From time to time we receive questions from our readers, for specific situations that sometimes may be similar to the queries of other readers. In view of that, we decided to publish the answers. If you also have some questions regarding tax in Portugal, please feel free to send it to us.
Q Can you explain the tax implications of selling a property here? I understand that if I down-size and move from my house to an apartment, I will be taxed on the difference between the sale and the purchase price. Is this correct? And what if I sell but don’t buy, and choose to rent?
First of all let me tell you that you can only use the reinvestment to avoid capital gains, if you are resident and the property you are selling is your main residency. This means that your address at the tax office, must be the address of the property being sold.
You are only liable for tax, if you had a gain on the transaction. Please note that the value you paid for the property needs to be adjusted, according to the inflation coefficient, applicable to the year of purchase. This means that the purchase value will increase for the capital gains calculation.
Also, from the sale of your property you can deduct, the costs incurred with the purchase operation and sale of the property, costs incurred in property over the past twelve years, such as property refurbishments or other money spent to increase the value of the asset, including the cost of the energy certification.
If after this, you still made a gain, then you can reinvest the proceedings of the sale on another purchase within the EU. This needs to be done on a purchase made between 24 months prior and 36 months after the sale. If the reinvestment in the new property is lower than the total sale, than the tax will be calculated pro-rata.
So in this case, if you are selling for 400.000€ and your tax bill was going to be 25.000€, you will only be tax exempt if you reinvest the full sale price 400.000€. If your new apartment only costs 200.000€, then your tax bill will be 12.500€, has you only reinvested half.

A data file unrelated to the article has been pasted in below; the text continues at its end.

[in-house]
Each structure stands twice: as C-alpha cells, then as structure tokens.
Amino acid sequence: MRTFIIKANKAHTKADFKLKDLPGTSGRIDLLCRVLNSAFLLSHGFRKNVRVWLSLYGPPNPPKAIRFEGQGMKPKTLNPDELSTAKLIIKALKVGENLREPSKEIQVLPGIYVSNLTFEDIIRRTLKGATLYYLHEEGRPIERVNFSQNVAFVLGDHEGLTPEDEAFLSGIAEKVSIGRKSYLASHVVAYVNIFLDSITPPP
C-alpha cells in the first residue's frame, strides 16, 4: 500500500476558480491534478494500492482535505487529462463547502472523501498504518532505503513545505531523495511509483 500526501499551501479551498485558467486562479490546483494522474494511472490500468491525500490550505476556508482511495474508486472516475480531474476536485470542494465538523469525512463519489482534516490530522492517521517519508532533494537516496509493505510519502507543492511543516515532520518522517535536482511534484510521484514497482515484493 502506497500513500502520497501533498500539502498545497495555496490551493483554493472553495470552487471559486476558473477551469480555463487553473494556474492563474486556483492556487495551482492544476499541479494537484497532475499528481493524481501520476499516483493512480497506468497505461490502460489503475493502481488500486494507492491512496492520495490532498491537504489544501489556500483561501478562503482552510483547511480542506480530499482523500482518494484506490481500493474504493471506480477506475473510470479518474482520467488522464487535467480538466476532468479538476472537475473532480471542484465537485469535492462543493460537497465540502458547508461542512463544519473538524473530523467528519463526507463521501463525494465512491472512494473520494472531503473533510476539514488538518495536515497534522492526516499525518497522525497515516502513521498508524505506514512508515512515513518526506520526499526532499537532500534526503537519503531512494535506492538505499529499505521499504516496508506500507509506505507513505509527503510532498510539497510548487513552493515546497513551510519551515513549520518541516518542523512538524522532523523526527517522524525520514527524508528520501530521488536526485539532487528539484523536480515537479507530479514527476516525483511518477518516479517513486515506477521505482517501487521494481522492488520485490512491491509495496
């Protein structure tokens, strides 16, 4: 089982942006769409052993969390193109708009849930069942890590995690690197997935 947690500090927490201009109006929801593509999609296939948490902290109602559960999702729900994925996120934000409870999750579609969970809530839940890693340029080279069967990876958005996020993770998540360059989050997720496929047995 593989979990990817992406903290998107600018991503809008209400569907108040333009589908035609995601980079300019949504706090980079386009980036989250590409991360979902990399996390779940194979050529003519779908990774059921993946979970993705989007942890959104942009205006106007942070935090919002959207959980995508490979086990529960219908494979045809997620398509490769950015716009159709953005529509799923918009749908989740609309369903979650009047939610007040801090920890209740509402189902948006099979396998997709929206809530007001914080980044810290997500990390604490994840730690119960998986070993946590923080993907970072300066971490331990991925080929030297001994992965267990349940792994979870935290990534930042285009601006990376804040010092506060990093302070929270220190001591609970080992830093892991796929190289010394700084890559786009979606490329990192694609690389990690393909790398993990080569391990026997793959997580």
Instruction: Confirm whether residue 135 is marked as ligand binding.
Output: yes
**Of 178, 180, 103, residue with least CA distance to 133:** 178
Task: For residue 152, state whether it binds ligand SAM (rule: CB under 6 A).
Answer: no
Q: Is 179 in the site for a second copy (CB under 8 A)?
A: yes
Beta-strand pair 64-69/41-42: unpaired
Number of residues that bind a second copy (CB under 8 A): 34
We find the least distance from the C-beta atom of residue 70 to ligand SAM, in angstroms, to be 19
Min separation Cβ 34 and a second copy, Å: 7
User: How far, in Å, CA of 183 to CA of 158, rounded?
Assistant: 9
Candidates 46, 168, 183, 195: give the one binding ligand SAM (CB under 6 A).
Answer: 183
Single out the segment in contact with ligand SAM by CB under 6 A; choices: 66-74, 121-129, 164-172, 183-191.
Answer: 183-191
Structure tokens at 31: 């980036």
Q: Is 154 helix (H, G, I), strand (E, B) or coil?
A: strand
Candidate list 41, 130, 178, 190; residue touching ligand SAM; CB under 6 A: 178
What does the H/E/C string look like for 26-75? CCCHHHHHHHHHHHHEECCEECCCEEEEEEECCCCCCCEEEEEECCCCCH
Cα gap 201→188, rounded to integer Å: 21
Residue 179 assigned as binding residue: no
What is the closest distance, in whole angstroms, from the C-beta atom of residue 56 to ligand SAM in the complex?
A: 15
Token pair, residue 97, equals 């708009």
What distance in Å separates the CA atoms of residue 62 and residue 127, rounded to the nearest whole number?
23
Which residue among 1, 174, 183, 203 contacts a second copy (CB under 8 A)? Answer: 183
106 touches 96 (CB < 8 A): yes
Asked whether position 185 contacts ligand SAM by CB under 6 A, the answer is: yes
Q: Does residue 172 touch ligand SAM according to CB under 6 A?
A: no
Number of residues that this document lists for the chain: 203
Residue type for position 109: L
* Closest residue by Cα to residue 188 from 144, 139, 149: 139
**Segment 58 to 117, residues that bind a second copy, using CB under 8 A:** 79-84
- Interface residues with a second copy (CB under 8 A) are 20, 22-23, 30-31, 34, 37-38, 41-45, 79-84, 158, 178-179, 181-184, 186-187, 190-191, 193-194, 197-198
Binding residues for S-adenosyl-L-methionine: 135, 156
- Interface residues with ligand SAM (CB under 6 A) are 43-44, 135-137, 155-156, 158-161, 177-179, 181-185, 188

If you decide to rent and not to reinvest, then you are liable for the full tax bill. The payment of the capital gain, occurs in August of the year following the sale.
Q I still have a property in the UK and a bank account there, credit cards etc, but am spending an increasing amount of time at my home in the Algarve, where I also have a bank account and debit cards. I am not a resident. My clients are UK based, and I invoice them for consultancy services in the UK and in sterling. Can I continue with this if I take up residency here. Would I be better off invoicing them in Euros from my Algarve address?
It’s important that people realise that even if they are non-resident, but the consultancy services they provide, are made from a fixed based in Portugal, then it should be taxed here anyway. The same would apply for a Portuguese resident, operating from a fixed based in the UK.
On another note, if you are spending more than 183 days per year in Portugal, then you should be taking tax residency.
To be able to invoice your clients from Portugal and be registered here, either as a resident or as a non-resident you would need to register under category B.
If you are non-resident and registered on the simplified regime, you would be taxed at a fixed rate of 18.75%, irrespective of your earnings. So, per each 10.000€ invoiced, you would pay 1.875€.
If you were resident, the tax to be paid would depend on your overall income, as the taxation would be on a sliding scale. For instance, if invoicing only 10.000€ per year and without any deductions, you would be paying 1.144€. But on the first year you register as a sole trader, the calculation would be over 50% of the income and over 75% on the second year, so a lot lower. Also, as a resident you may deduct other expenses, such as medical bills and use the number of dependents as a tax deduction. So the tax bill is likely to be lower than this.
As a new resident, you can also apply for the Non-Habitual residency scheme and your tax rate would be set to a maximum of 20% of your income. This is particularly attractive for tax payers with high levels of income.
Please note that if you decide to become Portuguese tax resident and rent the property you leave in the UK, you will be liable for tax on your rentals in the UK (if above the threshold). In Portugal you will also have to declare this income, but Portugal grants an international tax credit for tax paid in the UK, and then assesses the rental income under Portuguese rules.
Please feel free to send us the questions you may have to firstname.lastname@example.org.
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